“Though the year was cut short due to COVID-19, what we see in this report is promising. The passionate and clearly committed school teams can expect to see continued results if they follow the recommendations we made in the report. Having a clear vision grounded in social justice, using best practices and committing to removing barriers at the individual, school and district levels will be necessary for significant systemic change with long term impact for our community,” said Jelena Todic, principal investigator and assistant professor in the UTSA College for Health, Community and Policy.  

MBKSA launched whole school restorative justice models at nine campuses in the San Antonio, Judson and Harlandale school districts during the 2019-2020 academic year with support from UTSA restorative justice researchers and practitioners, Robert Rico and Todic.

 

MBKSA, a network of community-based organizations, school districts, UTSA, and city and county government, formed the Rethinking Discipline Community of Practice (RDCP), which met monthly to discuss best practices and implementation strategies. The RDCP is one strategy MBKSA uses to tackle inequities in education. Local disaggregated data shows that exclusionary discipline practices disproportionately affect young people of color, especially boys.  

 

Despite a disruption in the academic year because of the COVID-19 pandemic, the majority of schools that implemented the restorative justice model achieved increased commitment to restorative practices, changing dialogue and increased options for managing behavior. Additionally, all schools provided various elements of the practice such as professional development for staff, peace rooms and ‘circles’ to build community and resolve conflict among staff and students.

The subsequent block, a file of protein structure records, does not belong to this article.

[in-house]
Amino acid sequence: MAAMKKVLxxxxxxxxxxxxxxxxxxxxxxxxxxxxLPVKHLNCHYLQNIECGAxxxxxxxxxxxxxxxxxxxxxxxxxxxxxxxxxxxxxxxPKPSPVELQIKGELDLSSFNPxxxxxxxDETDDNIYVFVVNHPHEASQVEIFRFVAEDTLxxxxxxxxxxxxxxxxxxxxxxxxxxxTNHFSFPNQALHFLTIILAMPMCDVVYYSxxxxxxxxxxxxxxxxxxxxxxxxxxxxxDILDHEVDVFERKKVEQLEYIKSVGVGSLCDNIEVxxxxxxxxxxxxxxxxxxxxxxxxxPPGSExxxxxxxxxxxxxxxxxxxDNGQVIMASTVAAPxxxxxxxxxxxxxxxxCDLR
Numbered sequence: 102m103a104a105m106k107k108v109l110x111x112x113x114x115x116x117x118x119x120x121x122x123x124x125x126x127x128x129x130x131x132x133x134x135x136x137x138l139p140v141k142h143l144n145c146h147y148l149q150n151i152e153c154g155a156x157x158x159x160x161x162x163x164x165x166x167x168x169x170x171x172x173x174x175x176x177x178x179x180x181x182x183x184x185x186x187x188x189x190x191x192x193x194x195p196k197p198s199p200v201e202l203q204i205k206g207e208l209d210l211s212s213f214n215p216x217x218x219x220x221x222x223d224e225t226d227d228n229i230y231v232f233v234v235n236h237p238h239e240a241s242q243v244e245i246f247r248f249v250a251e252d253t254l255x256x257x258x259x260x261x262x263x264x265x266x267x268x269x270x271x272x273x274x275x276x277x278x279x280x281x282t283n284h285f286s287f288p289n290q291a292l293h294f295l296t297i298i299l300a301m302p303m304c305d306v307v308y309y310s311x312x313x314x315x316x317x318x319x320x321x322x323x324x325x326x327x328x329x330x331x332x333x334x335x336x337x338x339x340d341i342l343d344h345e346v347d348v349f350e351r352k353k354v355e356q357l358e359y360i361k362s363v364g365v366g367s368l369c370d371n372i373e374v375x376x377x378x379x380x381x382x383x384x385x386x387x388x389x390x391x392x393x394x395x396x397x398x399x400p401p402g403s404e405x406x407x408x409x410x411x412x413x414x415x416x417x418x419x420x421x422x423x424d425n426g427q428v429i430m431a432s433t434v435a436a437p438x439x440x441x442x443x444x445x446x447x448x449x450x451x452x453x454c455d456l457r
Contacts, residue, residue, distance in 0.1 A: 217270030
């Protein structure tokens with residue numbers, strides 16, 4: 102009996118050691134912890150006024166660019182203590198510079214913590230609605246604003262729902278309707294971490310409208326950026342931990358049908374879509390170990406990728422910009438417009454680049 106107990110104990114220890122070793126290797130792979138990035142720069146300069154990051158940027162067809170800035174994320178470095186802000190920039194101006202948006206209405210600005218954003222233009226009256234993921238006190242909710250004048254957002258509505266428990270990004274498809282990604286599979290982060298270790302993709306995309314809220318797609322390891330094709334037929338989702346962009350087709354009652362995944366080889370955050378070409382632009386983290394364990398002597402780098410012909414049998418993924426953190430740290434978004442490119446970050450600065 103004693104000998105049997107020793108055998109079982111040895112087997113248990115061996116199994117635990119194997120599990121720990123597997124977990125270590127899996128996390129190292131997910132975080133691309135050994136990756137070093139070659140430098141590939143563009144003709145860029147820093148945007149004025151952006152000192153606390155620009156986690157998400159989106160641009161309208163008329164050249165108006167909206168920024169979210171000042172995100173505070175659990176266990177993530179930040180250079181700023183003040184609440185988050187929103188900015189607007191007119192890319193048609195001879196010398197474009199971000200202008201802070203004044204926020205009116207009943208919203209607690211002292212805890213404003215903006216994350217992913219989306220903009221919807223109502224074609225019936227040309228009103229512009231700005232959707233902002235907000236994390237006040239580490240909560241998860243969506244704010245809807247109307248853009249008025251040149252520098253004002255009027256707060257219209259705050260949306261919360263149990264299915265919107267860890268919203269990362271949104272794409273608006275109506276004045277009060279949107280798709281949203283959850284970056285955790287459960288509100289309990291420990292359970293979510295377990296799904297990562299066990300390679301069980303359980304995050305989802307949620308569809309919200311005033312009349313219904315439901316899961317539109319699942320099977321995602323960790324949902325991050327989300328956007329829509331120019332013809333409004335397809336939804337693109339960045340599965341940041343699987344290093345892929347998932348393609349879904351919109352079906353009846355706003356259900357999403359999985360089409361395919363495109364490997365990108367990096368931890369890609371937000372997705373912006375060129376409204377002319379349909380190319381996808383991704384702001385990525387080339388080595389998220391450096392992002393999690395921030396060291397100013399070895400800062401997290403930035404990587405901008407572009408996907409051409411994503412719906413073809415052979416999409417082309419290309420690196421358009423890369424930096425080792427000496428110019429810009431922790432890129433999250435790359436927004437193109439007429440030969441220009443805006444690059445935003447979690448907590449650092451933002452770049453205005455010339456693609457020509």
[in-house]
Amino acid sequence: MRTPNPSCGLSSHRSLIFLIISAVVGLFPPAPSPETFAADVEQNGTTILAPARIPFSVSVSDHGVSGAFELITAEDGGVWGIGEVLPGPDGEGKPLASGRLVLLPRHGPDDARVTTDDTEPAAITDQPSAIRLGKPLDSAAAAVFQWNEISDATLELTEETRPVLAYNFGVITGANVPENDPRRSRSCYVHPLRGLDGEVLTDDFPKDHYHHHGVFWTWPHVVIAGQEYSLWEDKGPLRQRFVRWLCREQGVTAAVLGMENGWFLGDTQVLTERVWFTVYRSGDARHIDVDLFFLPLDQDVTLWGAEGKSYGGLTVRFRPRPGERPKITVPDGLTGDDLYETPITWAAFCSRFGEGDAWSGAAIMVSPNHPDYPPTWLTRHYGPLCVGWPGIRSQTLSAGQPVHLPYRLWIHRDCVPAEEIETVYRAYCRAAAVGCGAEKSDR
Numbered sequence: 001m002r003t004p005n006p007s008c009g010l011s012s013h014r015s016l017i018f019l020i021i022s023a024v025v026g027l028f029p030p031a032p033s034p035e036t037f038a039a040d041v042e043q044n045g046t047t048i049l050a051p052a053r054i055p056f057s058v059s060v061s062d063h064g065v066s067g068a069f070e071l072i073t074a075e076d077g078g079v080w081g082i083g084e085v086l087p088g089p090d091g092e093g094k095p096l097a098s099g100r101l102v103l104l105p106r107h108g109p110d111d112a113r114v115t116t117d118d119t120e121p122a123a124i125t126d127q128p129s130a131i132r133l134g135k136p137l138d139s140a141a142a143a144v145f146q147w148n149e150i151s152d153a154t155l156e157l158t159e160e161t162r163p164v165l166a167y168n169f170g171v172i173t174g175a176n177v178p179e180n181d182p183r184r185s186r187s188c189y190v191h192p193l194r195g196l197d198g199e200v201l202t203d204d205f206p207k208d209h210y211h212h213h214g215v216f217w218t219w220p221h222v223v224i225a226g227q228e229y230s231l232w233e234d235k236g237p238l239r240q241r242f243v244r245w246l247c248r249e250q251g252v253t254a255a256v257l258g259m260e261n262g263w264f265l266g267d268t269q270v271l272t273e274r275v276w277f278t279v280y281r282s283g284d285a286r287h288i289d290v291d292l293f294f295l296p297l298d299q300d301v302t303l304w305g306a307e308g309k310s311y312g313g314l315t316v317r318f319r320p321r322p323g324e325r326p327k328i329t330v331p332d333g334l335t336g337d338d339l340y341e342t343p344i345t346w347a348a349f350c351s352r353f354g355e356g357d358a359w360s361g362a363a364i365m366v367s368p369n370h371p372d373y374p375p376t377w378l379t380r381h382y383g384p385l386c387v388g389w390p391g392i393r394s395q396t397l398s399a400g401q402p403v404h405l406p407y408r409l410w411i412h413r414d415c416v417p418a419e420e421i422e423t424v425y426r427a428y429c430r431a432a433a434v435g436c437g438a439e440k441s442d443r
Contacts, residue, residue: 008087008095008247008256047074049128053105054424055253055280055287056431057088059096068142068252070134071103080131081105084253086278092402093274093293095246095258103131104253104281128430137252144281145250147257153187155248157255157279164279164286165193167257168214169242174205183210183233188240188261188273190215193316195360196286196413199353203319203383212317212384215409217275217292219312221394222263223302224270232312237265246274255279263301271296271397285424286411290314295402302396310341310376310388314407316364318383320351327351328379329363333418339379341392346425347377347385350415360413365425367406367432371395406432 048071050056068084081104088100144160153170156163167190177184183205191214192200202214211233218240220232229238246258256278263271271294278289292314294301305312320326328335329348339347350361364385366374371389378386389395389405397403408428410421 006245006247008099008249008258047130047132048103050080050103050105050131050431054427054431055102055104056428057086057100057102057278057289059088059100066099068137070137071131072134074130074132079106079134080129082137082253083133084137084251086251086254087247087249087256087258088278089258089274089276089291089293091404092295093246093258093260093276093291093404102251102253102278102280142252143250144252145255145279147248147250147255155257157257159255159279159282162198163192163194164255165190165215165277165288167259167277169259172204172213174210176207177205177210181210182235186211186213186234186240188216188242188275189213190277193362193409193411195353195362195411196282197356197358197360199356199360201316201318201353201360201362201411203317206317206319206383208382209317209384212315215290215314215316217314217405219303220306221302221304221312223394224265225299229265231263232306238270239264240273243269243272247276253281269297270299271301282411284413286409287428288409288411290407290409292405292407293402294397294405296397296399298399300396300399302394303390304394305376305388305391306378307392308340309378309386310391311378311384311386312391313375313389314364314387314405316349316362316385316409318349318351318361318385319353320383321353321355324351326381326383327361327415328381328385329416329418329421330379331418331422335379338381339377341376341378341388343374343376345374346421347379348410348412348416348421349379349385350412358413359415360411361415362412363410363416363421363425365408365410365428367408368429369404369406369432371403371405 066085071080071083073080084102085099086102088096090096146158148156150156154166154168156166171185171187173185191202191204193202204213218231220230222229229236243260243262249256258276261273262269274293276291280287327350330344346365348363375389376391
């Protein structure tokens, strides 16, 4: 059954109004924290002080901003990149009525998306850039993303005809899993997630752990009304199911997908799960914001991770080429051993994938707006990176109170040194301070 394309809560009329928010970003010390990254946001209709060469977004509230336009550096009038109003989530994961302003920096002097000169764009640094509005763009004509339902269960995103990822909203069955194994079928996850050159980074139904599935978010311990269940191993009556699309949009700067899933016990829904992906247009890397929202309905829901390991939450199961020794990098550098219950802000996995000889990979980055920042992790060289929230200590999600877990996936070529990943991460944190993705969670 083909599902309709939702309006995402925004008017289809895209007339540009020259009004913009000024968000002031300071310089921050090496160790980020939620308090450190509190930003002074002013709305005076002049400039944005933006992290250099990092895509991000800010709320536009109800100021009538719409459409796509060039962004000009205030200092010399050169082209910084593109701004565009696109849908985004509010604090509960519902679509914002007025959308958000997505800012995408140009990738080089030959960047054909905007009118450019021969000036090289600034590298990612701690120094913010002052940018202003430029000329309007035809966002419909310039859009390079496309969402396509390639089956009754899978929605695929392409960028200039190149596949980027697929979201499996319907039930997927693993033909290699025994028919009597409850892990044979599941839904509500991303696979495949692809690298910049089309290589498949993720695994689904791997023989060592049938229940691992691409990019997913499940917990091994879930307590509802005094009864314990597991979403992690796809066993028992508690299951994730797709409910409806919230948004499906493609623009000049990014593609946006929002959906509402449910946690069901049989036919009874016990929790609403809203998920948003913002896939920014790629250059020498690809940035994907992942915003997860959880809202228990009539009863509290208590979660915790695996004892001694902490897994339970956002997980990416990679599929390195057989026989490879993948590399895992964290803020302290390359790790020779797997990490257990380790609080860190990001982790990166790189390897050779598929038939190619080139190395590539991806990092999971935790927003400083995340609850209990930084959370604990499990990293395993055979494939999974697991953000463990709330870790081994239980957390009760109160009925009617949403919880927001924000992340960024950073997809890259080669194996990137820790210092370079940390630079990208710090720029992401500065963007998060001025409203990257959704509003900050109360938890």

Restorative justice provides opportunities for my son to share his thoughts and feelings in a safe space. Circles also help him learn more about his classmates and their experiences,” said Paula Johnson, a parent and the Director of IDRA EAC-South.

 

Because they prioritize relationships and community, restorative justice practices became critical during the pandemic because social emotional learning became a high priority while working in a virtual environment. 

 

“We know that having an administration that is committed to this process is critical to success for any whole-school restorative justice model. What we saw in this academic year was that these tools we’d established in schools were actually critical during the pandemic” Todic said.

 

Because of the initiative’s infancy, especially in light of the COVID-19 interruption, it is promising that four schools decreased suspensions and one maintained low rates throughout the project. Additionally, three out of eight schools showed signs of reducing disproportionate impact of exclusionary discipline on children of color. 

 

“By shifting mindsets and creating a culture of supportive accountability in schools, we set up our boys and young men of color for greater success not only in school, but into adulthood. MBKSA has been committed to providing pathways for boys and young men of color to college success and I believe this is critical to this work,” said Derek Taylor, MBKSA Justice-involved Young People Chair and Senior Management Coordinator for Stand-Up SA at the City of San Antonio’s Metro Health District.